Now that dental school is ending, you might recall the lunch & learn you attended where MedPro discussed malpractice insurance as you devoured your sandwich.
You may remember the differences between occurrence and claims-made policies, the importance of carrier financial strength ratings, and why having PURE consent is a big deal.
I’m determined to bring back “schmooze.” It’s more than small talk. It’s social networking at its finest. It’s the smooth type of conversation you don’t know you’re having, but still manages to land politicians in office and CEOs in the boardroom hot seat. My father would even describe this conversational tango as an art form. Learning to develop a natural conversation flow is critical in a profession as social and connected as ours. Everyone has intentions when entering a conversation, but it’s how they are pursued that dictates your networking success.
I grew up in a small town in India. Participating in various health care camps in under-served neighborhoods helped me realize the importance of access to care and how it can affect people’s health. Serving rural communities for three years in dental school helped me make a difference in so many lives. I would love to do it for the rest of my life.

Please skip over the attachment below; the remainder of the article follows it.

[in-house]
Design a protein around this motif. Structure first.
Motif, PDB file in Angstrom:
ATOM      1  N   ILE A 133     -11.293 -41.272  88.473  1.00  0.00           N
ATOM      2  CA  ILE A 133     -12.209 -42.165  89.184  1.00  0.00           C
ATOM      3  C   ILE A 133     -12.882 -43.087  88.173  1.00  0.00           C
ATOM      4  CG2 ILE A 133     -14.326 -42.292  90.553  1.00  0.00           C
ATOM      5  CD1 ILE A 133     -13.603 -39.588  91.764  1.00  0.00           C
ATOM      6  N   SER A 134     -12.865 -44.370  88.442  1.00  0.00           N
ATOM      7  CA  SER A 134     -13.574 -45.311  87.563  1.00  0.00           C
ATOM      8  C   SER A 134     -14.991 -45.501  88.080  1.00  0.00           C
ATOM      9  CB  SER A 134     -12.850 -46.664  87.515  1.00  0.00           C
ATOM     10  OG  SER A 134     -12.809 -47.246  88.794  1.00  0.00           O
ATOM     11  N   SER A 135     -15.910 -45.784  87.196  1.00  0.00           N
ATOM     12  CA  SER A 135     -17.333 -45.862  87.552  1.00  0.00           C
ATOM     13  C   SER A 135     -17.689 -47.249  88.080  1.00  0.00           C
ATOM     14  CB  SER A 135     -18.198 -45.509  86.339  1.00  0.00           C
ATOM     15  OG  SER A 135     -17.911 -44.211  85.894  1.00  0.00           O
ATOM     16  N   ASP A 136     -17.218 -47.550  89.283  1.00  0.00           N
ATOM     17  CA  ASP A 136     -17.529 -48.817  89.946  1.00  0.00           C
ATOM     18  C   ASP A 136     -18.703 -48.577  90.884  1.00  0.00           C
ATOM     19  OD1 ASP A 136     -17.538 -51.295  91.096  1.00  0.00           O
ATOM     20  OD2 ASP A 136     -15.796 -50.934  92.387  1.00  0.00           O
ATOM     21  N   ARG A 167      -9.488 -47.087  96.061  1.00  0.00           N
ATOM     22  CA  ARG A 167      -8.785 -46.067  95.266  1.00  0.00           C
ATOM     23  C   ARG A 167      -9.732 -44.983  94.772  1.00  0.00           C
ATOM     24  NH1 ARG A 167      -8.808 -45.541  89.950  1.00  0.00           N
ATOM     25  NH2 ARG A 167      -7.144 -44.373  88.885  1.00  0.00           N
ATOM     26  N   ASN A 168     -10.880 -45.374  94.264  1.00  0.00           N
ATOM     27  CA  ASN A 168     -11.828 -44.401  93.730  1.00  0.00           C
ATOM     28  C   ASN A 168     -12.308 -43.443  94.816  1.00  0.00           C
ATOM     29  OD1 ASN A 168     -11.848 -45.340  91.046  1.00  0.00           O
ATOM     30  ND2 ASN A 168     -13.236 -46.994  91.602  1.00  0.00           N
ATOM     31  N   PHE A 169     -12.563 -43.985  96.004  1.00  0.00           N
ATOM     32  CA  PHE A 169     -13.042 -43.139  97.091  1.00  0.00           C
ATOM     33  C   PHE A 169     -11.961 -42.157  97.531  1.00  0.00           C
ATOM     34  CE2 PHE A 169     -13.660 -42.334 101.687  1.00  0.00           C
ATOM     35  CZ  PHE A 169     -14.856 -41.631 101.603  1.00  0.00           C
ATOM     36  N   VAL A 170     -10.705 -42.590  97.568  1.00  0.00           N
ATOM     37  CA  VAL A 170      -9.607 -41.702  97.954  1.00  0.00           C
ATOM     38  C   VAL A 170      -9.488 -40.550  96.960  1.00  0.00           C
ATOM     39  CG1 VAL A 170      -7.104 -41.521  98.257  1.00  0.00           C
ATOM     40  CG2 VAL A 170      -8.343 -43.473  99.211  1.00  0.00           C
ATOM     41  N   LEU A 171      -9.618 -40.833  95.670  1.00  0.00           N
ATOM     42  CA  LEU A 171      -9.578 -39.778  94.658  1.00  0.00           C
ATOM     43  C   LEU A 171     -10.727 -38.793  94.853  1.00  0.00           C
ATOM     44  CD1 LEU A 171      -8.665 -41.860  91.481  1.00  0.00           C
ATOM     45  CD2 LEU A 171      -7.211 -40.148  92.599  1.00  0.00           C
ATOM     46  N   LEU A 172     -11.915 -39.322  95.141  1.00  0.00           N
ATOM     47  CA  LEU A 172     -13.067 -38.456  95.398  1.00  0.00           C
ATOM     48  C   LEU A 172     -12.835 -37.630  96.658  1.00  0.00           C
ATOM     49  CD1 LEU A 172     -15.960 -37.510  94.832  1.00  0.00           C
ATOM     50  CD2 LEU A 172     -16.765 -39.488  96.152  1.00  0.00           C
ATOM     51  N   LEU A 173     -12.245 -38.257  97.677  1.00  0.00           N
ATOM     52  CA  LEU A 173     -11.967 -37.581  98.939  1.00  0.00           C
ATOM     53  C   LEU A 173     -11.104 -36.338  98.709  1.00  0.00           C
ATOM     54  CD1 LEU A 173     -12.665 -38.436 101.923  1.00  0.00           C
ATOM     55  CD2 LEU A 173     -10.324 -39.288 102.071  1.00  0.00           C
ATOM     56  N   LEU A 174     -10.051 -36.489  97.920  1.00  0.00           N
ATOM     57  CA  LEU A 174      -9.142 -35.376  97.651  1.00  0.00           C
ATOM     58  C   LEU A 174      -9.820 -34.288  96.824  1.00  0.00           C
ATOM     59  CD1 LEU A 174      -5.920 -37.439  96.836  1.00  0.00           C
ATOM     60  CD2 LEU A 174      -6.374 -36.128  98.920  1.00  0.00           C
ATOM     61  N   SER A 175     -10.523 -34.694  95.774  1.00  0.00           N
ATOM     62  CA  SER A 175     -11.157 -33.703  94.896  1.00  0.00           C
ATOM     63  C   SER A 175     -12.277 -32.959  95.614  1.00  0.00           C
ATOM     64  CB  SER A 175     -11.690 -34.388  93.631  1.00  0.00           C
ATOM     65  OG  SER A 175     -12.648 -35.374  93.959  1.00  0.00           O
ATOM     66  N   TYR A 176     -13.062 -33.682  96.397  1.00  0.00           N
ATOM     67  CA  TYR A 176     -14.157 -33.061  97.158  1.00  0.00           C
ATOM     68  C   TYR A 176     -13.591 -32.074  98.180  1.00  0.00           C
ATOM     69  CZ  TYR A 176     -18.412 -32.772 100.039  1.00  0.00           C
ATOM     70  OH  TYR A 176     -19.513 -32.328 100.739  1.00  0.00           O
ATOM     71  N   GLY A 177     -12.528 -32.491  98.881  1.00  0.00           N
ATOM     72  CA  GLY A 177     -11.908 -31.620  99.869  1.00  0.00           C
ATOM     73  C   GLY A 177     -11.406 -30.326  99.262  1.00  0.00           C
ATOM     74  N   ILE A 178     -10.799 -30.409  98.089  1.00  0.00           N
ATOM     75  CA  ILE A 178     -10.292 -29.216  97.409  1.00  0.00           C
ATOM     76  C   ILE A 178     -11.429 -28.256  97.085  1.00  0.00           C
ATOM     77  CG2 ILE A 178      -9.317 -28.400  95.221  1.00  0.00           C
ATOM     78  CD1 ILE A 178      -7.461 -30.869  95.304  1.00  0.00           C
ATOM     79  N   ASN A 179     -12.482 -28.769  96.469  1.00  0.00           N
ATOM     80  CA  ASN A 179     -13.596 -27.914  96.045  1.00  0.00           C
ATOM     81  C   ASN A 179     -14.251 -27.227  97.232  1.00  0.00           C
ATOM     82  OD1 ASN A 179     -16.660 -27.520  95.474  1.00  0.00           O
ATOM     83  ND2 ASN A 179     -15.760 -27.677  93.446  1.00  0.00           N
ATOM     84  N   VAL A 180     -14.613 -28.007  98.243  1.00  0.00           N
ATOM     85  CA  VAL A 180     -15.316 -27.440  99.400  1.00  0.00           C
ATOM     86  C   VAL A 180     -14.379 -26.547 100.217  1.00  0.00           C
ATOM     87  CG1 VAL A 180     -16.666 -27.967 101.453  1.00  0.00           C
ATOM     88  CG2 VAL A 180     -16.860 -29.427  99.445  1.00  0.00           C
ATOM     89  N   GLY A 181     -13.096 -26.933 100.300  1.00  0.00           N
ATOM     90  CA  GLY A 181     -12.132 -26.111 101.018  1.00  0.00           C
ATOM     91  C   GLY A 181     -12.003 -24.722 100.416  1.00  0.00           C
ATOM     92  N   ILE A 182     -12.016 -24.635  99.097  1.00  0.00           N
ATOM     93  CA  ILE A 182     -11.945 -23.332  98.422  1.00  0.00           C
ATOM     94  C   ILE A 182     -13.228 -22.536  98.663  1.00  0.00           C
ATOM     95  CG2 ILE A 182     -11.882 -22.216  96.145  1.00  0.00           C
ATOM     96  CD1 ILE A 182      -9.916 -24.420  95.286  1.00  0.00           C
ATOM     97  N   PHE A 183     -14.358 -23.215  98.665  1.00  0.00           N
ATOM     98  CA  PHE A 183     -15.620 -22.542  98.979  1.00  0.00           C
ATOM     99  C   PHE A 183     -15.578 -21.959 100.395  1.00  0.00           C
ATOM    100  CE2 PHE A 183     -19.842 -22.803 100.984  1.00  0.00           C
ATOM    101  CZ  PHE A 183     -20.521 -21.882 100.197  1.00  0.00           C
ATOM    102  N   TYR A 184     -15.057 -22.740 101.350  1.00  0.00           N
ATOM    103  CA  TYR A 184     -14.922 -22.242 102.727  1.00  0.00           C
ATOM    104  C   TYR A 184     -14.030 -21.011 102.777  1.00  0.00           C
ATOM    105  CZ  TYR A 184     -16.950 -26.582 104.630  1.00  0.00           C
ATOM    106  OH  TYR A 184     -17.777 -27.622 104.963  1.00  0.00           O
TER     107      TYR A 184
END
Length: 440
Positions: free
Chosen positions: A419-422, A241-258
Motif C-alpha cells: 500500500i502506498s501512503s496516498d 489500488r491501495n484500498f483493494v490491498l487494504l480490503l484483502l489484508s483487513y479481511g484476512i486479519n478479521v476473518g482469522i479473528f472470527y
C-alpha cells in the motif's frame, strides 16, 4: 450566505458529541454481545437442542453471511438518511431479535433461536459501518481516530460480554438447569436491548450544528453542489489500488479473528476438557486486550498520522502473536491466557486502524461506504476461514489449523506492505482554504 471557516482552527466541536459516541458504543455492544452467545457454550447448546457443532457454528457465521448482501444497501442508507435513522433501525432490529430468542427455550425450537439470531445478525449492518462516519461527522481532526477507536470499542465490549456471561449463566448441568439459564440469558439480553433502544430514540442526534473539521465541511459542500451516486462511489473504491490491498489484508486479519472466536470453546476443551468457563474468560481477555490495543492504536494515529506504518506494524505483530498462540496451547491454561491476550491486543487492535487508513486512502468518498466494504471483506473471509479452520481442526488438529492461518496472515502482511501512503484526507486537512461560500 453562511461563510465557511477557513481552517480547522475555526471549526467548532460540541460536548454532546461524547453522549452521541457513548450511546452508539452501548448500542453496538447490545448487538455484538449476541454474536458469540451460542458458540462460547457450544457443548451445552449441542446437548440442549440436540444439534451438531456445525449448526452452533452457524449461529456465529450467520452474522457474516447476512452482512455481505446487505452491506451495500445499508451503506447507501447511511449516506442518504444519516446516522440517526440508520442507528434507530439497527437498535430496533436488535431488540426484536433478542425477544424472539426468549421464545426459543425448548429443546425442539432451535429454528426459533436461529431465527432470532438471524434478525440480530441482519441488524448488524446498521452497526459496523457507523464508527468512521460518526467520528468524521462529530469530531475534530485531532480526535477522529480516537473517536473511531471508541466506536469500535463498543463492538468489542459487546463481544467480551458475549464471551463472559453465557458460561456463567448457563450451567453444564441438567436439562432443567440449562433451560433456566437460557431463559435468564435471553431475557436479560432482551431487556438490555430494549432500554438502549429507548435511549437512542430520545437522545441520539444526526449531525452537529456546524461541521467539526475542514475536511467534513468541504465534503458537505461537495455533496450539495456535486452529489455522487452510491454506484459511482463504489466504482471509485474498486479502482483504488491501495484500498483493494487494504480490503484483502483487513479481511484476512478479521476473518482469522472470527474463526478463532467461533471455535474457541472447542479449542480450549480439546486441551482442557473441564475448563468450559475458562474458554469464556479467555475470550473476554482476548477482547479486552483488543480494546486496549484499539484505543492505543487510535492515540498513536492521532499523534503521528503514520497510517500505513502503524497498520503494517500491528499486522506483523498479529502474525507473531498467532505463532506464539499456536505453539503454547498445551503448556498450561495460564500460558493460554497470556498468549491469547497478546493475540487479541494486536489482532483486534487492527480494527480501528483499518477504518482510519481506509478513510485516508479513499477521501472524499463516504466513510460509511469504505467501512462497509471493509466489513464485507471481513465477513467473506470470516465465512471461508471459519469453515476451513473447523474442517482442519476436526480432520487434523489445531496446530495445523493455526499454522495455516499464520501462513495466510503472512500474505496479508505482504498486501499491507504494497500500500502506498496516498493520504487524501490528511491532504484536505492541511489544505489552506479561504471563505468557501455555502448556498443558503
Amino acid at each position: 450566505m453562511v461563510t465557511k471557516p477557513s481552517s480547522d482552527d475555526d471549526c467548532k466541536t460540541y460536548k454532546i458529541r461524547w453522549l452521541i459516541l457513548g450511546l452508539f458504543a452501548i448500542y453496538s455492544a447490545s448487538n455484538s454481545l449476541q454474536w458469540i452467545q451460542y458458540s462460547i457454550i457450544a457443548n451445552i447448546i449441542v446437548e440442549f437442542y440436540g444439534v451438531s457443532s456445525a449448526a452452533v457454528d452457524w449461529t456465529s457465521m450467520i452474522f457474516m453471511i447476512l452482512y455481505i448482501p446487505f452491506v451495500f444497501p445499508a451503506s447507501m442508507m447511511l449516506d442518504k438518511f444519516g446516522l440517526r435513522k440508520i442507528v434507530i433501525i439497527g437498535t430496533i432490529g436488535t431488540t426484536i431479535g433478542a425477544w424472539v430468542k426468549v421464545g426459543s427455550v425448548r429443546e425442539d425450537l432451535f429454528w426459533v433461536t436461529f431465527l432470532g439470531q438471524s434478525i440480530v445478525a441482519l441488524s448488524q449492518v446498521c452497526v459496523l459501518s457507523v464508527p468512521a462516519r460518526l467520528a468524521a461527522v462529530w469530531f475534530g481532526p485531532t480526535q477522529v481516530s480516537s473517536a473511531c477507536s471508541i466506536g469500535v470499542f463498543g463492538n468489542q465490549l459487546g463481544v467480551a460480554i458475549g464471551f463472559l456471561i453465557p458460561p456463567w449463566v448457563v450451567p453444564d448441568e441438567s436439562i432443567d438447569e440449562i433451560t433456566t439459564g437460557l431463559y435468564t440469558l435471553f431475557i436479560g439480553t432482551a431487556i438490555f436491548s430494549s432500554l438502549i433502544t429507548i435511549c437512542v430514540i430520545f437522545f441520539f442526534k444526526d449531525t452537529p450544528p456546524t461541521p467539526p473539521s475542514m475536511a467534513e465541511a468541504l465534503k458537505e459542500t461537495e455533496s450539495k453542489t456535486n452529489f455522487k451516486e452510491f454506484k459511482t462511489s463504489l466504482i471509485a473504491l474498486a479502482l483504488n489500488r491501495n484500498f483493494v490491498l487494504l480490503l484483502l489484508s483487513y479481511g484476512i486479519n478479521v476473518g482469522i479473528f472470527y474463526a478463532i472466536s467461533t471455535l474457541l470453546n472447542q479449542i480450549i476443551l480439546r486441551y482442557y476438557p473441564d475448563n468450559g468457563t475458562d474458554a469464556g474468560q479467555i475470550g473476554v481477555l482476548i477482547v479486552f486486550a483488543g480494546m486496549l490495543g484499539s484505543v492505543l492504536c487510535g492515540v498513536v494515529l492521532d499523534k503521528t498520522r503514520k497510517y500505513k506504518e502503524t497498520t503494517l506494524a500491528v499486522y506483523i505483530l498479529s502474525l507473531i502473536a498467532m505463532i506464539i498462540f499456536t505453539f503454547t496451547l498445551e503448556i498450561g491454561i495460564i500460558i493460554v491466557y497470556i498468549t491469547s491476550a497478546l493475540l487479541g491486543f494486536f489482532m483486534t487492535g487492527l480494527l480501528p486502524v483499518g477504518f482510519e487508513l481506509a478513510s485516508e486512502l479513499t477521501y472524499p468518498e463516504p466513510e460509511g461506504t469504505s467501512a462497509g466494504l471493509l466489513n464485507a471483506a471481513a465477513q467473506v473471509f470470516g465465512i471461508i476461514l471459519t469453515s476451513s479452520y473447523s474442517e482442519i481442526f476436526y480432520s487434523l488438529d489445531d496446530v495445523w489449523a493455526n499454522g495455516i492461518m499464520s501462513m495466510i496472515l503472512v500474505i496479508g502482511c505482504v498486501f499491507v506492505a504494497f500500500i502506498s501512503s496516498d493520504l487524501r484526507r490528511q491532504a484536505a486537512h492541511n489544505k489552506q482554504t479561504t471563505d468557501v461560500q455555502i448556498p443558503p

Train tracks, metal mouth, brace face: all creative nicknames for orthodontic treatment. Today more than ever, patients are trying to avoid that metal look by requesting something more aesthetic such as lingual braces or clear plastic aligners. To develop appropriate treatment plans and inform patients about the basics of braces, dentists should be aware of the patient’s aesthetic concern but also consider the indications and limitations of each method of treatment.
It’s important that dental students have a basic knowledge of the various forms of orthodontic treatment. Even if you are not interested in specializing in orthodontics, this information is necessary to answer basic questions in a general practice setting.
Atenolol, Prozac, Coumadin, Fosamax, Omeprazole, Lisinopril. We all have a patient with a long list of medications that, at a glance, resemble alphabet soup. Often, these are the same patients who are battling complex medical conditions and are being seen by multiple physicians. Obtaining a comprehensive medical history is crucial. I am always glad when my patient comes prepared with a detailed log of their past surgeries and medical diagnoses. Other patients are less certain about their history. Some patients report they are “taking a bunch of pills that [so and so] organizes for me every week” (obviously an unclear picture of their current medications).